A French advertising company hit upon the simplest self-service scheme. It won over thousands of Parisians and is now being exported across the world
Chicago is interested, and so is Moscow. Geneva and Sydney are in negotiations, and the mayor of London has called by twice. All eyes are on Paris. But what is the big attraction? It's a brand new model of bicycle, one that can be seen teeming through the streets by the thousands, all the same chic silver-gray, with a dolphin-like design. And they are all rented.
Paris has suddenly become the world capital of bike rentals. Nowhere else in the world has quite so many rental bikes standing at the ready: there will soon be over 20,000. And the fleet is really being put to use: commuters pedal from the Metro to the office, managers pop out in their lunch breaks to pick up groceries, tourists zigzag in every direction. More than six million rides have been clocked up in just three months -- there is hardly a faster way to get through the legendary tangle of the French capital.
What the French call "la Vélorution" was launched on July 15 this year and it was an advertising company that came up with the idea.
JCDecaux, the world's second biggest outdoor advertising company, has established 750 computer-aided rental stations throughout the city and that number is expected to almost double this year to 1,460. (In comparison, the Metro has just 300 stations.) The company designed rock-solid bicycles and had them built in Hungary, and it operates the entire network at its own expense. In return, JCDecaux gets the exclusive rights to sell advertising on the city's 1,628 urban billboards for the next 10 years.
The deal provides a lot of benefits for customers. They pay a minimal basic fee: €1 ($1.45) per day, €5 per week, and just €29 for the entire year. Once the customer is signed up they can take as many short trips as they wish. The bike can be returned to any station and the first half an hour is free -- after that the price rises steeply.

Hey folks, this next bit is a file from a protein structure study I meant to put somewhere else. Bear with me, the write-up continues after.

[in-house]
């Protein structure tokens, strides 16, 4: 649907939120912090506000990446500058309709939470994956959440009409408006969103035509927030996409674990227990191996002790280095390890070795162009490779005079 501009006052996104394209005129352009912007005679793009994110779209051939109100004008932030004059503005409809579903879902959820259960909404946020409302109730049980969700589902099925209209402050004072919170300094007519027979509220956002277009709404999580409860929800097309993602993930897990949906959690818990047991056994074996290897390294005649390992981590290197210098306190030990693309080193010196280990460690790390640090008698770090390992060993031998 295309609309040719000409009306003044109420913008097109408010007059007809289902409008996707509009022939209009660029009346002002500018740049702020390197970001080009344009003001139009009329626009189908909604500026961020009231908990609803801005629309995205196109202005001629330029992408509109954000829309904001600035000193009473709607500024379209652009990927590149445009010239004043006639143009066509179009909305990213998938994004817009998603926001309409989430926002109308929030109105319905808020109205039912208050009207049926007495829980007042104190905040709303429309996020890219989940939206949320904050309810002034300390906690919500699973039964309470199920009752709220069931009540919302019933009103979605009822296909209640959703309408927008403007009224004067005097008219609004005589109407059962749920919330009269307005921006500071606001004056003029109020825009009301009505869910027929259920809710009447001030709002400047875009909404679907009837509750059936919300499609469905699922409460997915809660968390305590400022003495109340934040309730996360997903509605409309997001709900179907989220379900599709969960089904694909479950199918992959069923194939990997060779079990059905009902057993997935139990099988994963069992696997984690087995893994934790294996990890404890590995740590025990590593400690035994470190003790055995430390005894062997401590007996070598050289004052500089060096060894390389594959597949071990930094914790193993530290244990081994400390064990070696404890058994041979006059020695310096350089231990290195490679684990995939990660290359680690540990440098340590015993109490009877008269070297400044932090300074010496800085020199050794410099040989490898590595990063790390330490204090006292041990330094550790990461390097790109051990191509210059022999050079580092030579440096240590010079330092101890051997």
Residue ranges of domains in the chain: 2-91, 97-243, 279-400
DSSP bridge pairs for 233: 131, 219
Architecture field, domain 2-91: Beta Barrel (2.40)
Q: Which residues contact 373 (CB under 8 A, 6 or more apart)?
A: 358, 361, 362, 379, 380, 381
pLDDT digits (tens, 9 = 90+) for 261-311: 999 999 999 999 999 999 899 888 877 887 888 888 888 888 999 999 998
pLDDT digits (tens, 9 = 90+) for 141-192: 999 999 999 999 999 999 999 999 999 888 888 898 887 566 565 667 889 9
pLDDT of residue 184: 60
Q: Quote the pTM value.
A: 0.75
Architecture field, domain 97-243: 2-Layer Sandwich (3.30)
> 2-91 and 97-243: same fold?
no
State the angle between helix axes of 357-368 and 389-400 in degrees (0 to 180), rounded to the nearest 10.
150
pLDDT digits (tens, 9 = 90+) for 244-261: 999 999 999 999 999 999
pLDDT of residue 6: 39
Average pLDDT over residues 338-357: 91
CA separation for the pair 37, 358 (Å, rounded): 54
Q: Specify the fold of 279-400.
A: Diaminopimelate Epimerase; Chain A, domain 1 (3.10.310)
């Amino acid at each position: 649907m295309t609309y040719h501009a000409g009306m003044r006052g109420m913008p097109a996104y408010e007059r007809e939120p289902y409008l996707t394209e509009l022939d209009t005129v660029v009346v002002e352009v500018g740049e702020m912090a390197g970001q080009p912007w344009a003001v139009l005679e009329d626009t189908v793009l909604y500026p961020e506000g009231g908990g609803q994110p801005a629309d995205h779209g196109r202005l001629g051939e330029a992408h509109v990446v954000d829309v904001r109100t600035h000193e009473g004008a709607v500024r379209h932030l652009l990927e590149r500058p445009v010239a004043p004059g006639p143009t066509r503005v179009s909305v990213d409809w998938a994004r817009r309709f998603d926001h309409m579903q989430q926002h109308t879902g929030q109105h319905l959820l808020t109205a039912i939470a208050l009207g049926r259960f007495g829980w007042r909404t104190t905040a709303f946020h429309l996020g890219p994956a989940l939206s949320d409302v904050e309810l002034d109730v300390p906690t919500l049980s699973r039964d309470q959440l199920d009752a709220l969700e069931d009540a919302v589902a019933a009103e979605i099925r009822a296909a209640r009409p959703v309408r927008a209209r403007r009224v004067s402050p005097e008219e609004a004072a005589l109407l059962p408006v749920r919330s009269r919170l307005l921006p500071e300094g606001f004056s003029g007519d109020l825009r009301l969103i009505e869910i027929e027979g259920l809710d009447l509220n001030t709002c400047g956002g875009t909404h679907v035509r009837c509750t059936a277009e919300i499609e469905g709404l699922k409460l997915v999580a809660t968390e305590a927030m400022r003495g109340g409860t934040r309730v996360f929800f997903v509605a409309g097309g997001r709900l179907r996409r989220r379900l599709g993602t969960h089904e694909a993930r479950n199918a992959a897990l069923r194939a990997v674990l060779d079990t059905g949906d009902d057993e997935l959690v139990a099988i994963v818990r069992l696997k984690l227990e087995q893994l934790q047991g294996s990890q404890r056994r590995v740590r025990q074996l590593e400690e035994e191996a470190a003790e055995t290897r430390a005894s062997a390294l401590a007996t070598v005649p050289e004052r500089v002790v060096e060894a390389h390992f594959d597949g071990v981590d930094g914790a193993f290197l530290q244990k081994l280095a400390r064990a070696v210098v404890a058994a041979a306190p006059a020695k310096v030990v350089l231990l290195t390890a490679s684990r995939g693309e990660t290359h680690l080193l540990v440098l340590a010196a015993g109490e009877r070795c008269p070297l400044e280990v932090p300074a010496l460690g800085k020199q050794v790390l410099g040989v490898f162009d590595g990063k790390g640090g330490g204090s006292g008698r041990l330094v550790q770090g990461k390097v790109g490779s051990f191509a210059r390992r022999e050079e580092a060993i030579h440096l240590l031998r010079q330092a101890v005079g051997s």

And the message has gotten through loud and clear: more than 80 percent of all rides up to now have been free. And the fleet is getting optimum use, with every bike being rented on average 10 times a day.
In summer it is tourists first and foremost who take advantage of the service, but Parisians themselves are also increasingly embracing the idea. Around 100,000 people have already taken out annual subscriptions to the Vélib rental scheme.
The network of parking stations is so dense that, as a rule, at any time the nearest station is barely 300 meters (984 feet) away. Even those who own bicycles could feel tempted to leave them at home when they only need to make short trips. After all it can cost €29 just to change the chain on a bicycle. And a rental bicycle never even needs to be oiled -- a bike-servicing boat belonging to JCDecaux chugs up and down the River Seine, collecting bicycles in need of maintenance.
The advertising company, it seems, takes its unusual assignment seriously. "We've become a part of the public transportation network," says 48-year-old CEO Jean-François Decaux.
It was his 70-year-old father Jean-Claude who had the idea back in the 1960s of combining municipal advertising with the provision of services. Since then JCDecaux has seldom been at a loss for original ideas when it comes to getting advertising rights from cities. In return the company has provided the cities with self-cleaning public toilets or illuminated signs that show when the next bus will arrive at a stop.
But rarely has an offer, particularly for local governments so plagued by traffic, seemed as inviting as bike rental does now. "In a few years all France's big cities will have this," asserts Jean-François Decaux. Marseille signed up recently and Toulouse is due to follow.
Lyon already has JCDecaux rental bikes. In Brussels, Vienna and Seville there are some in use, although with far fewer stations. That's set to change: Paris has shown that the density of the network is key.